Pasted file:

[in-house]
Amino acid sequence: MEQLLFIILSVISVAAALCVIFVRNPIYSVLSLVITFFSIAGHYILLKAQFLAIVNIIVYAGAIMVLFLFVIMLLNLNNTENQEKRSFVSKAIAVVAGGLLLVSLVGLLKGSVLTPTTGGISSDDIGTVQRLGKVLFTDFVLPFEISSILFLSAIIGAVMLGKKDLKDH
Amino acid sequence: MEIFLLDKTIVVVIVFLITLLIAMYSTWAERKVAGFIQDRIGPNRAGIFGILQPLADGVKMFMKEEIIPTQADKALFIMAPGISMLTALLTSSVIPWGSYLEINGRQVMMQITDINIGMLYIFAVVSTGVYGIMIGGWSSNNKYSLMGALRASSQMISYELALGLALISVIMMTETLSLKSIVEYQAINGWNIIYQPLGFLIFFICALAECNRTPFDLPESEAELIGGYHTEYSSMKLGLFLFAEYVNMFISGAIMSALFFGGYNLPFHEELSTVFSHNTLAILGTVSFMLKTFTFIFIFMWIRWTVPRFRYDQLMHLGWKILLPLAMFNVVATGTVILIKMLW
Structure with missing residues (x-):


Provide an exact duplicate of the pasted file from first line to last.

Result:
[in-house]
Amino acid sequence: MEQLLFIILSVISVAAALCVIFVRNPIYSVLSLVITFFSIAGHYILLKAQFLAIVNIIVYAGAIMVLFLFVIMLLNLNNTENQEKRSFVSKAIAVVAGGLLLVSLVGLLKGSVLTPTTGGISSDDIGTVQRLGKVLFTDFVLPFEISSILFLSAIIGAVMLGKKDLKDH
Amino acid sequence: MEIFLLDKTIVVVIVFLITLLIAMYSTWAERKVAGFIQDRIGPNRAGIFGILQPLADGVKMFMKEEIIPTQADKALFIMAPGISMLTALLTSSVIPWGSYLEINGRQVMMQITDINIGMLYIFAVVSTGVYGIMIGGWSSNNKYSLMGALRASSQMISYELALGLALISVIMMTETLSLKSIVEYQAINGWNIIYQPLGFLIFFICALAECNRTPFDLPESEAELIGGYHTEYSSMKLGLFLFAEYVNMFISGAIMSALFFGGYNLPFHEELSTVFSHNTLAILGTVSFMLKTFTFIFIFMWIRWTVPRFRYDQLMHLGWKILLPLAMFNVVATGTVILIKMLW
Structure with missing residues (x-):